When I lived in Hong Kong in the early 1990s, Vietnamese cooking was virtually non-existent, save the poor refugees living in the camps at the time. An international port city and hub for business and trade, Hong Kong has always been open to new ideas. From the tiniest joint to the oldest dim sum house to Pizza Hut and high tea, Hong Kong offers tons to eat. In the past 15 years, Vietnamese has been added to the menu.
Vietnamese Cookbooks in Chinese
Joel gave the following low-down on a few Vietnamese cookbooks written by Chinese authors:
The first book is Enjoy Vietnamese Cooking by Wilson Kwok ( ISBN 962-14-2580-8 ) published by Wan Li Publishings in October 2003. My impression is that it is much better than the HK cookbooks published in the 1980s and early 1990s. Kwok did studies on cookery in the West in the 1980s and 90s and returned to Hong Kong to start the Entrecote French steakhouse. His interests on Vietnamese cooking stemmed from his contact with Vietnamese immigrants when living in the West, and he cooked part time in some Vietnamese restaurants. For a time he also ran the Paris 13th Vietnamese restaurants in Hong Kong. The book's primary language in the anecdotes, cultural backgrounds, and history sections is Chinese but the recipes are also available in English. In addition, all recipes all contain Vietnamese names as well as names in English and Chinese.
The recipes listed are a summary of Vietnamese restaurants available in Hong Kong, documenting the early-days 1970s Vietnamese Chinese restaurant dishes, 1980s Cantonese-ized Vietnamese dishes, and 1990s French-style nouvelle Vietnamese cooking. The favourites which you listed like pho bo, banh cuon, cha gio are there. The red beancurd fried chicken is rendered in Vietnamese as ga quay simply, and it is listed as steaming the marinaded chicken for 15 minutes, add honey, dark soy sauce, and vinegar mix to the skin, hang for 4+ hours until dry, and then fry using the method I mentioned. They also have recipes like ca hap (steamed fish), thit de chien (fried goat), bo xao hat tieu den (beef with black peppercorns), tom xa (jumbo prawns with lemongrass), ga xe phay (chicken salad) yen nuoc dua (dried bird's nest in coconut milk) which are all popular dishes in HK's Vietnamese restaurants.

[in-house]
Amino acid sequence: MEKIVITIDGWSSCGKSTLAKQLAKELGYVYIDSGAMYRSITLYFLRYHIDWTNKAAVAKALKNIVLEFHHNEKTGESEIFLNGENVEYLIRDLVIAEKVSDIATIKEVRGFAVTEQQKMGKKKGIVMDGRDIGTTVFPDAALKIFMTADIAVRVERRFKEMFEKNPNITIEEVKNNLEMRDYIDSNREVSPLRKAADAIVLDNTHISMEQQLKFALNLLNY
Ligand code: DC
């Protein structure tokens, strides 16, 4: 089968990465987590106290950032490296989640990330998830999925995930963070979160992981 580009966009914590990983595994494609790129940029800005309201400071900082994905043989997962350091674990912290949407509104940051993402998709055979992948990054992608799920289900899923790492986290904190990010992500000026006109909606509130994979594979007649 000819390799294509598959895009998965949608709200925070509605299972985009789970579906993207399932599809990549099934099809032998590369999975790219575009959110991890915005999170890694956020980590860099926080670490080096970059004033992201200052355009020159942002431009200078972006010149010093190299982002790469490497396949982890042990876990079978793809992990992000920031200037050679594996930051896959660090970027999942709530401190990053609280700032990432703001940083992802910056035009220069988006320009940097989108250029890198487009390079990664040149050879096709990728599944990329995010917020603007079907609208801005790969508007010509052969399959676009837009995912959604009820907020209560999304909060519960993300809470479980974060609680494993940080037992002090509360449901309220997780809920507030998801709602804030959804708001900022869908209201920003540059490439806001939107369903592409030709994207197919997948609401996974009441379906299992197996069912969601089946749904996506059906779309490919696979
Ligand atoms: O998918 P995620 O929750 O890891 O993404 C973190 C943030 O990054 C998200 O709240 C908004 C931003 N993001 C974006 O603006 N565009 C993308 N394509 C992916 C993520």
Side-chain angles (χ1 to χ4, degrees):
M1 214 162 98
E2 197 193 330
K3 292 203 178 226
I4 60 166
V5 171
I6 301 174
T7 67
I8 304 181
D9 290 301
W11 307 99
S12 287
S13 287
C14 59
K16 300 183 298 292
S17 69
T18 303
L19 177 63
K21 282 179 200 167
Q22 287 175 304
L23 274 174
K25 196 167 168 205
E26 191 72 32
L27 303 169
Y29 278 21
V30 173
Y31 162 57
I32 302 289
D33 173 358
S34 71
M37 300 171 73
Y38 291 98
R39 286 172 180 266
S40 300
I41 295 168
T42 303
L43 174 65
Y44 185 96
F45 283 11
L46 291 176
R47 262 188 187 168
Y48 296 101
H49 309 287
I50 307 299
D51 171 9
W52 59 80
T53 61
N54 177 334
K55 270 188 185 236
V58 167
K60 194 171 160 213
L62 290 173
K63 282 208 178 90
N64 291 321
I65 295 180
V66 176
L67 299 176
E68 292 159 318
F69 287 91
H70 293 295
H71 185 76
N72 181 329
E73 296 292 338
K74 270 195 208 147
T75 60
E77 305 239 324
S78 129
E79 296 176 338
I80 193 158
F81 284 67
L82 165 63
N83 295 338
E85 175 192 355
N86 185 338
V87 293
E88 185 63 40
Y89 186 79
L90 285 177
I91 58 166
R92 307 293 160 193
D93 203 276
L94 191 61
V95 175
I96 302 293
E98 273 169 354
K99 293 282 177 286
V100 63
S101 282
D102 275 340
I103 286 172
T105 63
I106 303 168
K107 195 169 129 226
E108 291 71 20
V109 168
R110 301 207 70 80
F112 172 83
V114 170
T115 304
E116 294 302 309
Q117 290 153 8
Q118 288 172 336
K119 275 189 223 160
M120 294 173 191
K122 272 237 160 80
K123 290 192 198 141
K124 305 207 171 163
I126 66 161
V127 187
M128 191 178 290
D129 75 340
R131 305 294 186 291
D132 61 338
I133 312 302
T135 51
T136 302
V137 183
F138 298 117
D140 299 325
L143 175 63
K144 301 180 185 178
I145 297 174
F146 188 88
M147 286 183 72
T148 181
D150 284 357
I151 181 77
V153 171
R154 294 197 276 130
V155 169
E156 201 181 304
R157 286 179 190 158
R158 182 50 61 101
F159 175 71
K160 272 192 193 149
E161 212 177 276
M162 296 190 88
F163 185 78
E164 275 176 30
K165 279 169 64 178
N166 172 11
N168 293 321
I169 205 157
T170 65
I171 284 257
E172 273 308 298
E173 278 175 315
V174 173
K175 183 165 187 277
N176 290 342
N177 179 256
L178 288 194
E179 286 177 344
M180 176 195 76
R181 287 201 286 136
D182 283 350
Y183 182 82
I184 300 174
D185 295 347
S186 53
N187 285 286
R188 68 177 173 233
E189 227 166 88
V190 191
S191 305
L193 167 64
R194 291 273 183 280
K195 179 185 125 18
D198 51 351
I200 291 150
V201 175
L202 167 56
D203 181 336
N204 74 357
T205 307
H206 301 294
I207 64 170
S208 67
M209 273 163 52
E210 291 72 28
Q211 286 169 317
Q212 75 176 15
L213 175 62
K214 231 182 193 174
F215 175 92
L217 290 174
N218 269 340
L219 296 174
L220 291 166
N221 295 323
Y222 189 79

The second book is Street Food in Vietnam by Michelle Lo ( ISBN 962-14-3325-1 ) published by Wan Li Publishings in January 2007. Lo is Vietnamese Chinese who immigrated to Hong Kong at the late 1960s, and then to France. She returned to Hong Kong in 1996 and is now a teacher at the Towngas Cooking Center in Hong Kong. The whole book is bilingual and contains streetfood of Vietnam divided to Hanoi (North), Hue (Central), and Saigon (South) with almost every common Vietnamese street food you can think of is in the book (pho bo, banh mi ra-ku-bo, even the less commonly publicized recipes like banh beo, bun-bo-lao and banh-gio) alongside some actual photos of Vietnam's street food scene and intetesting notes of cooking in the three main regions.
[Update on 11/1/07: You can find Chinese-Vietnamese cookbooks at a well stocked Chinese bookstore. I just returned from New York, where I picked up Michelle Lo's book on street food (pictured here).]
There are many connections between Chinese and Vietnamese cooking, which is why if you're in a Chinese market, you can get most of the ingredients for preparing Vietnamese food. Of course, the same goes for being in Viet market. They're often run by business-minded Chinese-Vietnamese!
My friend Terrence Khuu, a professional Vietnamese-American chef, says that Viet Huong/Three Crab fish sauce is processed in Hong Kong. Lee Kum Kee and Koon Chun, both leading manufacturers of Asian condiments, turns out tons of hoisin and shrimp sauce for Vietnamese cooking. So we're buying lots of Chinese-made ingredients for Vietnamese fare. But the opposite is happening too!
Vietnamese restaurants in Hong Kong